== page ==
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How to Make Wexler’s Deli Pastrami Sandwich in 8 Simple Steps
We deconstruct Micah Wexler’s “O.G.” pastrami at Grand Central Market
To put a spin on the famous Carl Sagan quote, if you would like to make a pastrami sandwich from scratch, you must first invent the universe.
That’s not to say that former Mezze chef Micah Wexler and his team at Wexler’s Deli are inventing the cosmos at their new-wave Jewish delicatessen inside Grand Central Market, but in deli terms they may be closer to it than anyone else in town (other than the grad students at CalTech, perhaps).
Order "The O.G." ($10) and you’ll experience the pastrami sandwich—first brought to New York by Jewish-Romanian immigrants in the 1870s—in its purest, most elemental form: two slices of fresh-baked rye bread, house-cured and smoked pastrami, and a generous swipe of mustard. That's all, baby.
If you have the necessary time, dedication, and—most of all—skill, you could technically recreate the sandwich using the steps below. But let’s be honest, you’re better off letting Wexler’s Deli do the work. They have egg creams and half-sours, after all.
1. Bake rye bread
Wexler had Hawthorne-based Etxea Basque Bakery prepare his own recipe for a caraway-speckled traditional Jewish rye baked on hearthstone. Baker Charlie Garacochea, whose great-grandfather immigrated from the Pyrenees to open a bakery in Venice in 1908, provides Wexler’s Deli with 10 to 15 massive six pound loaves everyday.
2. Buy whole slabs of brisket
Wexler (who uses around 150 lbs of brisket per day) orders his meat from a ranch in Colorado, where the cows are sustainably raised without hormones or antibiotics. The corn-finished meat is nicely marbled and has a snowy white cap of fat on top, which ensures the meat remains moist and flavorful.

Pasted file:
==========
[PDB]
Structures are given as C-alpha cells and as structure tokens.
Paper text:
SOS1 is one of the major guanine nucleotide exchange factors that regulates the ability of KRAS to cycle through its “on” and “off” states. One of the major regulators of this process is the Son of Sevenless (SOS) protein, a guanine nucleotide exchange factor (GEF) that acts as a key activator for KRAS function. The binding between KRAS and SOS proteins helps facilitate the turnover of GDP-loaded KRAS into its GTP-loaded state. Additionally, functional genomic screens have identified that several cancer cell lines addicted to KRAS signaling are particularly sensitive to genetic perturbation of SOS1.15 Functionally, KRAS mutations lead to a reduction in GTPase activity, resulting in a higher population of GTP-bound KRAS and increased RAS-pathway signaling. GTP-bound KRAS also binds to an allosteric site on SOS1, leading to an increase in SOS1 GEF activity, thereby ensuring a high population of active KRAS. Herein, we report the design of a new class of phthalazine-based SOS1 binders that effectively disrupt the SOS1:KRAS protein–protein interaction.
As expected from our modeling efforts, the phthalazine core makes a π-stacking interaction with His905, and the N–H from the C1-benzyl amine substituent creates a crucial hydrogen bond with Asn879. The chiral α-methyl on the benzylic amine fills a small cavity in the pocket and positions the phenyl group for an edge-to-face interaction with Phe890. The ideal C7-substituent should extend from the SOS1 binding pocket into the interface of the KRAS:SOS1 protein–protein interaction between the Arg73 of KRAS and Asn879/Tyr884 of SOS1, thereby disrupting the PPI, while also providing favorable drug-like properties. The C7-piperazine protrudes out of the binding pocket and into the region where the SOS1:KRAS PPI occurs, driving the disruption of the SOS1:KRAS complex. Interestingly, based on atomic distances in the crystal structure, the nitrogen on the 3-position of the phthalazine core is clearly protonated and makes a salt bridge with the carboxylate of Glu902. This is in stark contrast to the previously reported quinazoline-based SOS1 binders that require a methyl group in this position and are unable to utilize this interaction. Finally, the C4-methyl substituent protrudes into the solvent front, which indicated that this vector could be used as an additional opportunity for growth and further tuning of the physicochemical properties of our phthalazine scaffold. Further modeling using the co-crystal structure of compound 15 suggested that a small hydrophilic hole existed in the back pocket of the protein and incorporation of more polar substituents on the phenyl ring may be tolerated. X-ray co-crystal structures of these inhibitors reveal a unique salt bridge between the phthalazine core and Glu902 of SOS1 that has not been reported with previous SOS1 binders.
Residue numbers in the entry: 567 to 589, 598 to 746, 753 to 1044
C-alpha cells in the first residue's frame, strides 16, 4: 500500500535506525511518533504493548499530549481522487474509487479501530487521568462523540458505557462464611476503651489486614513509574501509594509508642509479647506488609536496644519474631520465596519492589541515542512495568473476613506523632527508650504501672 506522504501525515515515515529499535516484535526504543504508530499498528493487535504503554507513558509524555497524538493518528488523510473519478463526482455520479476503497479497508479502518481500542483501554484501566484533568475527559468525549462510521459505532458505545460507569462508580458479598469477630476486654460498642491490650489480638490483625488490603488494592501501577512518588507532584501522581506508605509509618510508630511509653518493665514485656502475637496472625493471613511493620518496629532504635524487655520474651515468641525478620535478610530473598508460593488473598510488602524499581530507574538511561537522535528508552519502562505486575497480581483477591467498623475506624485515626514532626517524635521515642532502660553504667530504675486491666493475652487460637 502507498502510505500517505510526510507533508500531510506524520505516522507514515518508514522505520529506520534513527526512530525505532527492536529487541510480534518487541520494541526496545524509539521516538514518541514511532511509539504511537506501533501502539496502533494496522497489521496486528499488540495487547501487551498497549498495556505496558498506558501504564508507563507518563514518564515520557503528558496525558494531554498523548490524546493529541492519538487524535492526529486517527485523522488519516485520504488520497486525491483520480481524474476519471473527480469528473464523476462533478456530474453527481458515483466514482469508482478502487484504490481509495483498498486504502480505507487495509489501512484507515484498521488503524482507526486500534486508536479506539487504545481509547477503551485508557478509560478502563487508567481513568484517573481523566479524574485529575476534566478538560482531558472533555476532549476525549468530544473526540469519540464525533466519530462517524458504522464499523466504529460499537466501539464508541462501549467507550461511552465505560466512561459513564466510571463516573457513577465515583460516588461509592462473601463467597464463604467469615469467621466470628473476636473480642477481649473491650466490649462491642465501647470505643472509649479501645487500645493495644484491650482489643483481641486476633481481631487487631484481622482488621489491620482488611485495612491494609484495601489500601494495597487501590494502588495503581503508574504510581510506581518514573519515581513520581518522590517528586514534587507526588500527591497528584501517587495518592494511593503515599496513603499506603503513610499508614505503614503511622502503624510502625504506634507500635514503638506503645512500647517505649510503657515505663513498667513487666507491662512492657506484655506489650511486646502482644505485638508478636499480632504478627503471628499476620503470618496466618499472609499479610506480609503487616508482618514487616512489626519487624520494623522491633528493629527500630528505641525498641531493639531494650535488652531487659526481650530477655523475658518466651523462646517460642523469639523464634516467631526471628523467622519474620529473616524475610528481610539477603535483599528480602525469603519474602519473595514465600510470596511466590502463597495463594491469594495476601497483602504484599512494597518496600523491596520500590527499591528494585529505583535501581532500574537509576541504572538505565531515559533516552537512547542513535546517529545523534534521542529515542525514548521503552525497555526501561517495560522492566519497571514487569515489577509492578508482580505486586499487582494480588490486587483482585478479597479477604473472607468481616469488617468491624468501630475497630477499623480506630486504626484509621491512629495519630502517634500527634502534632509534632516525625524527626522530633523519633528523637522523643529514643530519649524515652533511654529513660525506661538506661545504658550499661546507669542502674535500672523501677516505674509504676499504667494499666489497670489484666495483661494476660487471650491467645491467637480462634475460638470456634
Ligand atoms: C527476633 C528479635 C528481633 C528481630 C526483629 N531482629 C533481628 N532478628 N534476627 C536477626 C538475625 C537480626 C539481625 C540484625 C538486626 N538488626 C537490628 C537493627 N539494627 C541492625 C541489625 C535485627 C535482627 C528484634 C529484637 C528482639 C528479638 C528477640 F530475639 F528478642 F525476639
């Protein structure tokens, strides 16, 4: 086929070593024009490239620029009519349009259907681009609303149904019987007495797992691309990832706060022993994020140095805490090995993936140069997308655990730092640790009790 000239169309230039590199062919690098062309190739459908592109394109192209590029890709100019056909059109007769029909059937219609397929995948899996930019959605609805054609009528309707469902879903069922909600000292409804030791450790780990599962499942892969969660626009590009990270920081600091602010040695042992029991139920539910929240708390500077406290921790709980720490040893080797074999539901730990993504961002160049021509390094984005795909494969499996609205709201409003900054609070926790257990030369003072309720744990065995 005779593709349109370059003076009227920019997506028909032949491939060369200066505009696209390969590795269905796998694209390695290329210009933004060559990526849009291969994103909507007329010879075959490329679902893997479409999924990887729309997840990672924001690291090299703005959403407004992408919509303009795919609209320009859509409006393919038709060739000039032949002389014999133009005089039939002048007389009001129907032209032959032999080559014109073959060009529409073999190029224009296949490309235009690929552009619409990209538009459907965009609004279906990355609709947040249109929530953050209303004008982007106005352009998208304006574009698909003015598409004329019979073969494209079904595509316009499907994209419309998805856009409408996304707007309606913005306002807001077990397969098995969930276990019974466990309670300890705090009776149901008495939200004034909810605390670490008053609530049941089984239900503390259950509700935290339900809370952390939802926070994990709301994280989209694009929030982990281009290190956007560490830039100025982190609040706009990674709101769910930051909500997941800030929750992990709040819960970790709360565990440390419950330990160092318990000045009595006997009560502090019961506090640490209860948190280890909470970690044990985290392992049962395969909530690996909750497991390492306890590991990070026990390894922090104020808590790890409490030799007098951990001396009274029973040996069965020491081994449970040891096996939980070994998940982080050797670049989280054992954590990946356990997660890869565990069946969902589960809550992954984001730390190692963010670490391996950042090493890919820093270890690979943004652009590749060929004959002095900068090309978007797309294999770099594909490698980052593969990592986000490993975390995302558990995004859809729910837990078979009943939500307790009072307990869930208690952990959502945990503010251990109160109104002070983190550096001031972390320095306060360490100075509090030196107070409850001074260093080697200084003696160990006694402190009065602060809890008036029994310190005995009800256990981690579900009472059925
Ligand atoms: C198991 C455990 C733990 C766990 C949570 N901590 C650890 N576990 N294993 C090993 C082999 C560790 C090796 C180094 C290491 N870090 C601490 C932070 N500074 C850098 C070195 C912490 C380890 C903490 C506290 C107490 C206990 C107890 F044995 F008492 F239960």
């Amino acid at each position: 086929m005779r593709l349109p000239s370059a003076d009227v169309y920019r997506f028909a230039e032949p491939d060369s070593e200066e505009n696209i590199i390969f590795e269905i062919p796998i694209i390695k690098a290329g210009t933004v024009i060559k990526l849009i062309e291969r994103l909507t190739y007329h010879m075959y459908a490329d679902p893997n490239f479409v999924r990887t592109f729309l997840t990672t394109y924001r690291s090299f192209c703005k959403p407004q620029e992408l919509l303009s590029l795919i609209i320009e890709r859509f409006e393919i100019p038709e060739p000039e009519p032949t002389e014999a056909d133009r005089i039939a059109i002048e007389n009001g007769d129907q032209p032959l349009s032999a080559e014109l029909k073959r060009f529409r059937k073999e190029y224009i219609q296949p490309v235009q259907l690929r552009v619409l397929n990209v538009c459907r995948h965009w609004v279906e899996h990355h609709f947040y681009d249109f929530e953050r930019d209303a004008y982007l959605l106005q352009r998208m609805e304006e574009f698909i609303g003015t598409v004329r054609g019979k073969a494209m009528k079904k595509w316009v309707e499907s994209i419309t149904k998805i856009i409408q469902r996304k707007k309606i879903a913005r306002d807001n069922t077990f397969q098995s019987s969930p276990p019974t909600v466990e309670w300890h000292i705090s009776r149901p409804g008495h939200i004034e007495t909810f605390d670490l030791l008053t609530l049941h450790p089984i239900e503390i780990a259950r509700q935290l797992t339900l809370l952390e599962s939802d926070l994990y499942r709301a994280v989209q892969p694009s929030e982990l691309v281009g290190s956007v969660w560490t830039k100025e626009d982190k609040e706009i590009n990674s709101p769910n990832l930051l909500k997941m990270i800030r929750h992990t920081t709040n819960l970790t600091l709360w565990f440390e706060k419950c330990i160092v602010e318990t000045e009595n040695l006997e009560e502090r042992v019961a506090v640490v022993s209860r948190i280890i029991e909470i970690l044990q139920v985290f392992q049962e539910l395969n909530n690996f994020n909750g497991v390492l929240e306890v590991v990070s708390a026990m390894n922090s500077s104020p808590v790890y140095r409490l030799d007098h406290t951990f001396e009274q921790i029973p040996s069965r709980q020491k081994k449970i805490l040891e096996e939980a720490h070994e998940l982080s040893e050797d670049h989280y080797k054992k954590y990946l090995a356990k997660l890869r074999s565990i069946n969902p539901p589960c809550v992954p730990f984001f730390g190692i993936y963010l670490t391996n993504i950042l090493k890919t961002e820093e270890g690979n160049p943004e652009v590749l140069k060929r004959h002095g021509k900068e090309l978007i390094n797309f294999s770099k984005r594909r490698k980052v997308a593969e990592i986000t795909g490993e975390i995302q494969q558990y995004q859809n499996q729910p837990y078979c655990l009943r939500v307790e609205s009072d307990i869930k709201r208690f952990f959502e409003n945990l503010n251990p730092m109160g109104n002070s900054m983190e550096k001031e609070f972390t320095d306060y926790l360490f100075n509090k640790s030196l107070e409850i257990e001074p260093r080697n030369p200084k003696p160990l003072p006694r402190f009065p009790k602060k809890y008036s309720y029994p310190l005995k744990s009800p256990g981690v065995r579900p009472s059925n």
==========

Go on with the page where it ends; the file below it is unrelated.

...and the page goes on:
3. Brine for three days
The trimmed brisket gets a long bath in curing salt and pickling spices. What comes out of the brine can then be steamed and turned into corned beef, which Wexler’s Deli also serves as a sandwich. But this batch is destined for the smoker.
4. Let sit for a day. Rub generously with spices
The meat is allowed to dry by sitting in the fridge for a day. This helps the coat of spices applied afterward—black pepper most prominently—to form a beautifully thick crust during the smoking.
5. Smoke for three hours
The cured and dried brisket luxuriates in a smoky sauna for three hours, officially turning it into pastrami and developing a distinctive blackened appearance.
6. Slice very carefully
Brisket cuts consist of two parts, Wexler explains, the deckle and the flat. The latter section is fattier and the former is leaner. The brisket is sliced with a very sharp knife so as to include a little bit of each. Slices are cut thick, but not too thick. You don't want to be eating a pastrami steak, Wexler explains.
7. Spread mustard onto bread
After sampling dozens of mustards, Wexler chose Kosciusko, a spicy brown Polish mustard from Chicago. It has enough sharpness to give your sinuses a nudge without overwhelming them.
8. Assemble and ess gesunt!
Wexler's Deli, 317 S Broadway, downtown